“Both secular determinism, which is a characteristic of the real world, and secular free-will, which is an objectively observed phenomena occurring in the real world, appear to be true facts. Therefore it is the supposed conflict between them that would be an illusion.”
What you are saying is that the sum of two mutually exclusive ideas is Truth. Since there is no way to combine such ideas in which they arrive at anything but zero, you have ceded that truth does not in fact exist. That truth and UNtruth are corollaries. If this is your position, then you cannot by your own admission claim to know anything at all. In which case the question begged is: why bother to engage the discourse?
Also “appearing to be true facts (and your using the phrase “true facts” leads me to think that you believe that there is such a thing as “untrue facts”, which kind of explains your position) is not the same thing as actually BEING true.
Oasis, I knew what you meant. 🙂
What I’m saying is that the two ideas are not mutually exclusive. The claim that they contradict is based upon a false premise: that in order to be free one must be free from all causation. And since nothing can be free from causation, that cannot possibly be the meaning of the word “free”.
The word “free” in “free will” means the same as the word “free” in “we released the prisoner, and now he is free”.
When the prisoner is released from prison, do we expect him to be free from causation? No. We only expect him to be free from (a) his cell and (b) subjugation to the will of his jailers, who choose for him when he will eat, when he gets to exercise in the yard, et cetera.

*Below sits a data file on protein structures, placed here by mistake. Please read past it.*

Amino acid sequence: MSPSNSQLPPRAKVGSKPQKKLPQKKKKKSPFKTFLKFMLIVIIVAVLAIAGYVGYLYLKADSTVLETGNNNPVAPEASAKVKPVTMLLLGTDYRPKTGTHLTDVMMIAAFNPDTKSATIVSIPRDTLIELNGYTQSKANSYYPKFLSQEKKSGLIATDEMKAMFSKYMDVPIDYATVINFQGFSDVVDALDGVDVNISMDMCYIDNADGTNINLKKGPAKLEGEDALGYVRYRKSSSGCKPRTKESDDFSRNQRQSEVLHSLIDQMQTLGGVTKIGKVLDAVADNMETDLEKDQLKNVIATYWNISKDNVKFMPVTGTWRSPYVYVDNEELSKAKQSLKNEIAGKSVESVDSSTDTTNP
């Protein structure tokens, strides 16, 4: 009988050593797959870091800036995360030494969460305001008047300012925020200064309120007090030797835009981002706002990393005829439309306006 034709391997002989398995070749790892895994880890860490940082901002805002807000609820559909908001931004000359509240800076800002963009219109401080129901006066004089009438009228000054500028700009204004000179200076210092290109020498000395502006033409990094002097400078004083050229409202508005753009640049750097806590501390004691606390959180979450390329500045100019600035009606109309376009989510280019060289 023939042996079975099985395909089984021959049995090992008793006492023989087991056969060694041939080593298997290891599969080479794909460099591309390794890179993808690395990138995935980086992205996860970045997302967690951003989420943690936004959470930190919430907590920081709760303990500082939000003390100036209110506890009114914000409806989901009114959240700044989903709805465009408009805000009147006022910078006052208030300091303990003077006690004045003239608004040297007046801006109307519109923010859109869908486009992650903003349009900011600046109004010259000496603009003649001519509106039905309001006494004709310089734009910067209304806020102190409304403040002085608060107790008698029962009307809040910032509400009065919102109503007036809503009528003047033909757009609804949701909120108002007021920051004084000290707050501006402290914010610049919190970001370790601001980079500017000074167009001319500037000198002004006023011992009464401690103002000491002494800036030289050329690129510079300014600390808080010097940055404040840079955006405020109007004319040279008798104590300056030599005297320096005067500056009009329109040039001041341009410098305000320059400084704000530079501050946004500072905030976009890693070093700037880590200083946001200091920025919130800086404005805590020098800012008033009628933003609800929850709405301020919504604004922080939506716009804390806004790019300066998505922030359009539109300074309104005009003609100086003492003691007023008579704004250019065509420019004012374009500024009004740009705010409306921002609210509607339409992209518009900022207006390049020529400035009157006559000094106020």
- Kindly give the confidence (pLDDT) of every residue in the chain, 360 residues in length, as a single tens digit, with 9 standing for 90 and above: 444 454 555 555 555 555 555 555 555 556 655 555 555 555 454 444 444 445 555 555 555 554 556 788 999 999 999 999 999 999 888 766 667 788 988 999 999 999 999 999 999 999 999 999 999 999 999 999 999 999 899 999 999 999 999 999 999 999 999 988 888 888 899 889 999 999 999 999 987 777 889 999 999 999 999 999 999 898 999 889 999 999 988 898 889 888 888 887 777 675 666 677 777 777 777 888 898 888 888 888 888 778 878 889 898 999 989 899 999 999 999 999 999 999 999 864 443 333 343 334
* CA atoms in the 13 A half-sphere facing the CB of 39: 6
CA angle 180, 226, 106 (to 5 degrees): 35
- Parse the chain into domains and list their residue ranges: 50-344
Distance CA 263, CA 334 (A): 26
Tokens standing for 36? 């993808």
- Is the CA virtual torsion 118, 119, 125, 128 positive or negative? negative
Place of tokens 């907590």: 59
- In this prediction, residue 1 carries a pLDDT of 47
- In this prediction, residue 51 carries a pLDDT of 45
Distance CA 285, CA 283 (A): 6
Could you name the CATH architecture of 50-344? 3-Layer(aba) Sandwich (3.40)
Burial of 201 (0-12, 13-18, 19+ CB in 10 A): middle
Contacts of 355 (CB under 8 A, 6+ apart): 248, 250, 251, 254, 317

In order for “free” to have meaning, it need only imply freedom from a single constraint. The word becomes irrational and meaningless if it must imply freedom from every imaginable constraint.
For example, it is irrational to suggest the will must be free from oneself, from one’s own reasons and feelings, one’s own beliefs and values, and so forth. If the will is free from oneself, then whose will does it become? No, there is no rational basis to insist upon freedom from oneself.
It is also irrational to suggest the will must be free from causation. The will is meaningless and irrelevant if it cannot effect its intent. Since causation is a requirement of will, it is irrational to suggest the will exists without causation.
So, the only meaningful definition of “free will” is the ordinary ability to make decisions for yourself, without being compelled by someone else to choose or act against your will. A person who is a sane adult is the final responsible cause of their own actions and the relevant effects of those actions.